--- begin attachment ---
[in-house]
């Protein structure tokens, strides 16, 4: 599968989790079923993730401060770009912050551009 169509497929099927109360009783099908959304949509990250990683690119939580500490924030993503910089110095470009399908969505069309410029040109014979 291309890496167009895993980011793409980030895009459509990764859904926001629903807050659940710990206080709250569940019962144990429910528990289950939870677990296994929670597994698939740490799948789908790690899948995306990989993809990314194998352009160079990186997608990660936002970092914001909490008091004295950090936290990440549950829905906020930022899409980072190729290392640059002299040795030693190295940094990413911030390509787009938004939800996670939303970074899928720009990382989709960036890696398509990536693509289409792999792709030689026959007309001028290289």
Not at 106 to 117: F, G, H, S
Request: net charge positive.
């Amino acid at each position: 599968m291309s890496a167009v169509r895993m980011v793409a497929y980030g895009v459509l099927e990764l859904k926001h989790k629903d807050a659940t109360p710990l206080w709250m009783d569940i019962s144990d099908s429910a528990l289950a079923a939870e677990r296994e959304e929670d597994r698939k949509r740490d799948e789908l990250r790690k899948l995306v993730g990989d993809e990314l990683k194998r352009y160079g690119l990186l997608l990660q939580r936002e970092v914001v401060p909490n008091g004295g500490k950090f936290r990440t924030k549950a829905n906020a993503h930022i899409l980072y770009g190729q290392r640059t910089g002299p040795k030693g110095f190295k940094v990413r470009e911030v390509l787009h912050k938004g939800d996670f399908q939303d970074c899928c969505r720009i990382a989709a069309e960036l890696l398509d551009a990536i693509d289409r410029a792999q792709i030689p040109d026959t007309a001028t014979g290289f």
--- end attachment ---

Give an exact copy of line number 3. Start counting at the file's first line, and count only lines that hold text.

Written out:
Not at 106 to 117: F, G, H, S